Skiing and snowboarding are often associated with knee injuries, but did you know that the shoulder is at risk too? Mr Nashat Siddiqui, Consultant Upper Limb Orthopaedic Surgeon at New Victoria Hospital, takes us through some common injuries and what to do to prevent them from occurring.
Why is the shoulder at risk?
Skiing and snowboarding are great activities that involve the whole body.
The shoulder is a very mobile joint with a degree of flexibility that can easily be injured by a fall or overuse, in any age group and any degree of fitness.
Common shoulder injuries from skiing and snowboarding
Shoulder injuries may occur after a crash or as a result of overusing your shoulder without adequate training.
Snowboarding is gaining more and more popularity and so are injuries, that are more commonly seen in the upper extremity.
Common shoulder injuries relating to skiing and snowboarding are:
- Rotator cuff strains
There are four tendons that are deep within the shoulder and are responsible for strength, fine movements and stability. Injury to one or more of these tendons can cause chronic pain and weakness. They can be injured from a fall but also from repetitive use, especially if the muscles aren’t as strong as they could be. A minor injury may settle down with physiotherapy, but it is not uncommon to need surgery to repair a tendon that has become detached.
- Glenohumeral dislocations
This is where the joint comes out of place. It can be partial or completely out of joint, and can result in on-going pain and further dislocations. The commonest joint to dislocate is the ball-and-socket joint (gleno-humeral/shoulder joint), although there can also be injury to the collarbone joint (acromio-clavicular joint/ACJ). X-rays and scans may be needed to decide if surgery is needed, or just a period of rest and physiotherapy.
A fall can easily lead to injury to the bones, tendons, or ligaments, even on relatively soft snow. An bone injury such as a fracture or break, can occur to any of the bones around the shoulder. These can be of varying severity and need place in a sling and following up with imaging such as X-rays or other types of scans, which could be done at the nearest clinic. However, surgery is not always necessary and does not always need to be performed immediately whilst abroad. Often it is best done back in the UK, especially as careful follow up is needed and recuperation is better at home than in a ski resort.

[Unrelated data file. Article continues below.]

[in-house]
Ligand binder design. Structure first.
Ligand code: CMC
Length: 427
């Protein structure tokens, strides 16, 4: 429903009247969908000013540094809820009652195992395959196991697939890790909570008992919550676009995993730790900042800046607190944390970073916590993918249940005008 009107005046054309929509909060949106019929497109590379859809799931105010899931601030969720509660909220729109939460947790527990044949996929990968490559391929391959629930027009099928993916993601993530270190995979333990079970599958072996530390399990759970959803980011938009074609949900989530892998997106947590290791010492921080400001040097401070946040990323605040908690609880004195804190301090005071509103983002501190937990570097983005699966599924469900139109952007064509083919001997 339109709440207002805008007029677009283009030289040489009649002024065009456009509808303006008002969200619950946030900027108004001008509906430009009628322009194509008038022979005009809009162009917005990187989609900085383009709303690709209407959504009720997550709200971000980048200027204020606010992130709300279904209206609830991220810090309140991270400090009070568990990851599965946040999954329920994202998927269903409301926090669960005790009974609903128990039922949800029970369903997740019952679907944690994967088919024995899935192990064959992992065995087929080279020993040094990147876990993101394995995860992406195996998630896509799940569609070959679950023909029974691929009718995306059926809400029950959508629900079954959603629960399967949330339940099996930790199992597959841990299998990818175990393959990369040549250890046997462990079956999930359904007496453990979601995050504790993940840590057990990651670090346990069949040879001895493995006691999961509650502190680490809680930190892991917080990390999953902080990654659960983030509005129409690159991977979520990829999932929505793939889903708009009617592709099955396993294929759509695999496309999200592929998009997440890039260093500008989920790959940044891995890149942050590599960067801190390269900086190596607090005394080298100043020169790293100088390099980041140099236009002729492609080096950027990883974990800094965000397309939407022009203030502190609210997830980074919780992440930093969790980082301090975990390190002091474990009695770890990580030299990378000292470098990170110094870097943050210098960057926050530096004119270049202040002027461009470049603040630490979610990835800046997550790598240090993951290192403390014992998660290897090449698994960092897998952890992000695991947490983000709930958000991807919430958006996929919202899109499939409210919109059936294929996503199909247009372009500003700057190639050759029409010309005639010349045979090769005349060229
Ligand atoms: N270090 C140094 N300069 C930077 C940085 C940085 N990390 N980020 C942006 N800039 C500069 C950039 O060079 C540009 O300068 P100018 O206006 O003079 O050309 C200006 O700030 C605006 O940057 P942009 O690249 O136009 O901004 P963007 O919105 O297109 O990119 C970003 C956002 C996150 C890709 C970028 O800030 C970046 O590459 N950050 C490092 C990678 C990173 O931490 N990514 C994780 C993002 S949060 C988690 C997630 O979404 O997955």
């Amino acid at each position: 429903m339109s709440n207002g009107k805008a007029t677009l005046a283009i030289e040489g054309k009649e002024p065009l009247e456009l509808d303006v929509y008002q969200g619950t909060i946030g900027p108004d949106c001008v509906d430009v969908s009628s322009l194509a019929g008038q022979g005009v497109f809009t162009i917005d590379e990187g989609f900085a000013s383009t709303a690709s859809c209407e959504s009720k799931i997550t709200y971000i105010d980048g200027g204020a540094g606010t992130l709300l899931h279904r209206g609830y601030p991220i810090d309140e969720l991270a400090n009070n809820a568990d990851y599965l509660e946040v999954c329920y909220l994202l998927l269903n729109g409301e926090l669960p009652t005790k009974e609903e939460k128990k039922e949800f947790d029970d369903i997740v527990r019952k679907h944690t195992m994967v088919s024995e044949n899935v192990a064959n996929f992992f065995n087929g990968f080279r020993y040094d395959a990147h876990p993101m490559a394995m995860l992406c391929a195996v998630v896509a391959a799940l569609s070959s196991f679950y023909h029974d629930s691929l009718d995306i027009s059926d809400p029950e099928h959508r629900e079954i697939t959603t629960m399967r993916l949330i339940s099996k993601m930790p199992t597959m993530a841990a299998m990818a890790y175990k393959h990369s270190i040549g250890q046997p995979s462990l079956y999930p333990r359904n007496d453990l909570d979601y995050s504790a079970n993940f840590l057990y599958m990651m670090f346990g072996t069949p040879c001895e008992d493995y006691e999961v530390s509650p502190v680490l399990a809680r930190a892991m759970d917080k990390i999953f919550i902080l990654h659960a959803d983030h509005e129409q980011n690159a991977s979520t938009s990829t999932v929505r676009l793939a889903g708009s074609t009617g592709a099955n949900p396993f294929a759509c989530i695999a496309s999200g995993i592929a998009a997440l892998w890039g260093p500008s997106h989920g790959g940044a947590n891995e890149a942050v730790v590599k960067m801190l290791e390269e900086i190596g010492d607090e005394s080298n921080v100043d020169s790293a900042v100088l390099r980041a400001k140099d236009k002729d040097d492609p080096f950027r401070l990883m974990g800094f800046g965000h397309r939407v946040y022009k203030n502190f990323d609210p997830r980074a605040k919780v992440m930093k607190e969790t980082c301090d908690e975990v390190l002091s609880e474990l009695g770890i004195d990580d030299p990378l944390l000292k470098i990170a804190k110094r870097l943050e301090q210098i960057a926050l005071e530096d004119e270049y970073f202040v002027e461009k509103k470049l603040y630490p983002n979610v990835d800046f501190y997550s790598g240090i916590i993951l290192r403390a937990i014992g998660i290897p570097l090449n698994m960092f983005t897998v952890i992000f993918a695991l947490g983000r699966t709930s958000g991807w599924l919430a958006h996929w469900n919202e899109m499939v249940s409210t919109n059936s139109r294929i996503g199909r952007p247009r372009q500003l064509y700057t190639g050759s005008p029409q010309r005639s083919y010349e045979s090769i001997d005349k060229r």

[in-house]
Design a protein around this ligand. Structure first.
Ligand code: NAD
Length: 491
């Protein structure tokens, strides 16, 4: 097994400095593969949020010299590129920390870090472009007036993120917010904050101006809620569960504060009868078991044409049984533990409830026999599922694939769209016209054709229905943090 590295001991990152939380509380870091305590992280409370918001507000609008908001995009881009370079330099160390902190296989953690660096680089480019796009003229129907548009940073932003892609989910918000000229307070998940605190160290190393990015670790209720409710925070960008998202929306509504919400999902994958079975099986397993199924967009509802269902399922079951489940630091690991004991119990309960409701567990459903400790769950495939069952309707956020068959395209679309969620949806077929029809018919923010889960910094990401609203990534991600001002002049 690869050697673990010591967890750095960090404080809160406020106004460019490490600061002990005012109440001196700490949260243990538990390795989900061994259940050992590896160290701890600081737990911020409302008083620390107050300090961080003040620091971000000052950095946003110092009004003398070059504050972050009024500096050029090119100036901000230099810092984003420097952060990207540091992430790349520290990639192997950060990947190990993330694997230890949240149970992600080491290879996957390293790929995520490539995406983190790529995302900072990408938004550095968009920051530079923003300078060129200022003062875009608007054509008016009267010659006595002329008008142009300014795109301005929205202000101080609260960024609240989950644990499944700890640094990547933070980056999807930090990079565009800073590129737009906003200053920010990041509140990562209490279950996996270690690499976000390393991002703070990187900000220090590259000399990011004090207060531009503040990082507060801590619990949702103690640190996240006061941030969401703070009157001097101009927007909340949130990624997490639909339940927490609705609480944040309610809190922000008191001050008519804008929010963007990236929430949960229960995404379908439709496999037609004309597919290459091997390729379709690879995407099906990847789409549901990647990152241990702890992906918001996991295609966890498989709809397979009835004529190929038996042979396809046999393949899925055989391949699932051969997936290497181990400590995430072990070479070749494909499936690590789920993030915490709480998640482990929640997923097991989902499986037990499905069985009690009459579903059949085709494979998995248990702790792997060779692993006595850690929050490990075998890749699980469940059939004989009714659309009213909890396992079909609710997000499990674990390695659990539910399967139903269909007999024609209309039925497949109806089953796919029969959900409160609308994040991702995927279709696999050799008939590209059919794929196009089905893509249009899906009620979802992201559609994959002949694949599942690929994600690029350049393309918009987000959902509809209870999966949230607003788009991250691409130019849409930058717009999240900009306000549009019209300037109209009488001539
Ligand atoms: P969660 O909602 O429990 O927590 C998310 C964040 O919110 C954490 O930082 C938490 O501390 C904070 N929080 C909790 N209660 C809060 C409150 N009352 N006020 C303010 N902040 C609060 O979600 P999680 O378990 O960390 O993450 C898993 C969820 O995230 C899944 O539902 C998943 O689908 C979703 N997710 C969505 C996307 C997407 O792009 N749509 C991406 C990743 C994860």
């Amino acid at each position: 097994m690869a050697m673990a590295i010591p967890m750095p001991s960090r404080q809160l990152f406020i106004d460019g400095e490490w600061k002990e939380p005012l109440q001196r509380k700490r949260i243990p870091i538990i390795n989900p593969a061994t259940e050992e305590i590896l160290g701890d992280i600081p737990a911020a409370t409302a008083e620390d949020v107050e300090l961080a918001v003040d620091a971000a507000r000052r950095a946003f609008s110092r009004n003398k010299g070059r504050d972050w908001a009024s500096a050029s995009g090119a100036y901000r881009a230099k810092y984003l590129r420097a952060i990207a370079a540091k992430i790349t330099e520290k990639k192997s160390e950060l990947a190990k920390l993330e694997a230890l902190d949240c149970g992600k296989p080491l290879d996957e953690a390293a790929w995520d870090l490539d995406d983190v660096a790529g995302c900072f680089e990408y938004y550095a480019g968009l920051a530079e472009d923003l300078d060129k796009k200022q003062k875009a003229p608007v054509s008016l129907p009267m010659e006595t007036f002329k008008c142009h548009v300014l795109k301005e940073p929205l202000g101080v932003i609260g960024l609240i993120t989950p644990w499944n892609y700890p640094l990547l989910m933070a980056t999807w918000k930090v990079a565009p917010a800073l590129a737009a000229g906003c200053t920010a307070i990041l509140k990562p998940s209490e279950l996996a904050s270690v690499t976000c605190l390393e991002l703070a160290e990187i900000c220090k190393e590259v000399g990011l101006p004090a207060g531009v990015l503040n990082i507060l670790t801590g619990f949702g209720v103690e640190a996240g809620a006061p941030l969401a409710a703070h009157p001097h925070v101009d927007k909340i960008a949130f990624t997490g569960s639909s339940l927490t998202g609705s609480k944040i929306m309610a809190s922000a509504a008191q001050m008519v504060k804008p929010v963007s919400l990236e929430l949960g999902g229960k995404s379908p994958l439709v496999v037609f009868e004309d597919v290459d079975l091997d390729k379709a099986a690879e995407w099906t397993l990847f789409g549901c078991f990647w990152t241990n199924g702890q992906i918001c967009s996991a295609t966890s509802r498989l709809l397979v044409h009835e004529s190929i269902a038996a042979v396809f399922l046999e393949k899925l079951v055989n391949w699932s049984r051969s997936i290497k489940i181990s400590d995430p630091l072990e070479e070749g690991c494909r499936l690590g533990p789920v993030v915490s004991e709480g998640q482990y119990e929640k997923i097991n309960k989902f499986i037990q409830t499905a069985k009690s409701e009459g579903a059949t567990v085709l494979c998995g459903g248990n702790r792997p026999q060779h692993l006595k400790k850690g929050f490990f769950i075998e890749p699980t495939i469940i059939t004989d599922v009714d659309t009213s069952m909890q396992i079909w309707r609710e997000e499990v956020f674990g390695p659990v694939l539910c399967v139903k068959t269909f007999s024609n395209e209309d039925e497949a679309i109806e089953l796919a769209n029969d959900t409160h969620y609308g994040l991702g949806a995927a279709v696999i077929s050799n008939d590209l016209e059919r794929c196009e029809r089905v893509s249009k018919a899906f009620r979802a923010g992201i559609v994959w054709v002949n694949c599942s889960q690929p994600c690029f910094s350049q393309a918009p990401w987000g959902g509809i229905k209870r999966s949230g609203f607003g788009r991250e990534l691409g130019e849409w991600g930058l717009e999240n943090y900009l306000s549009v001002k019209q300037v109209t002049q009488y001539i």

How to prevent ski and snowboarding injuries
Skiing and snowboarding are fun sports and when the adrenaline buzz is calling, speed and jumps are irresistible. However, safety needs to be considered too.
Using common sense and physical preparation is key to reduce injury risk, and danger during your ski holiday.
Here are a few suggestions that can help to prevent injuries and make your ski holiday safe and pleasant:
- Make sure your muscles are well-conditioned
It is not just about power but also about endurance, repetitive movements and promptness to reaction, should a fall on your shoulder occur.
- Get familiar with your ski equipment
Before throwing yourself full speed down the slopes, make sure you are confident in your boots, skis and board. Take lessons if necessary.
- Don’t drink alcohol before you go on the slopes
Alcohol can increase the risk of being involved in a crash. One study showed that British skiers who consume three units of alcohol, equivalent to a large glass of wine, are 53% more likely to go off-piste.
- Attend strength and conditioning classes
A well-planned exercise regime to train muscles, as well as shoulder blade and core stability muscles, will help prevent shoulder injuries, and hopefully avoid a trip to a shoulder surgeon.
If you are experiencing pain or you are concerned about a ski or snowboard injury, you can get fast access to our Sports & Exercise Injury Clinics or book a consultation with New Victoria Hospital’s Consultant Orthopaedic Surgeons or Physiotherapists on 020 8949 9020 or: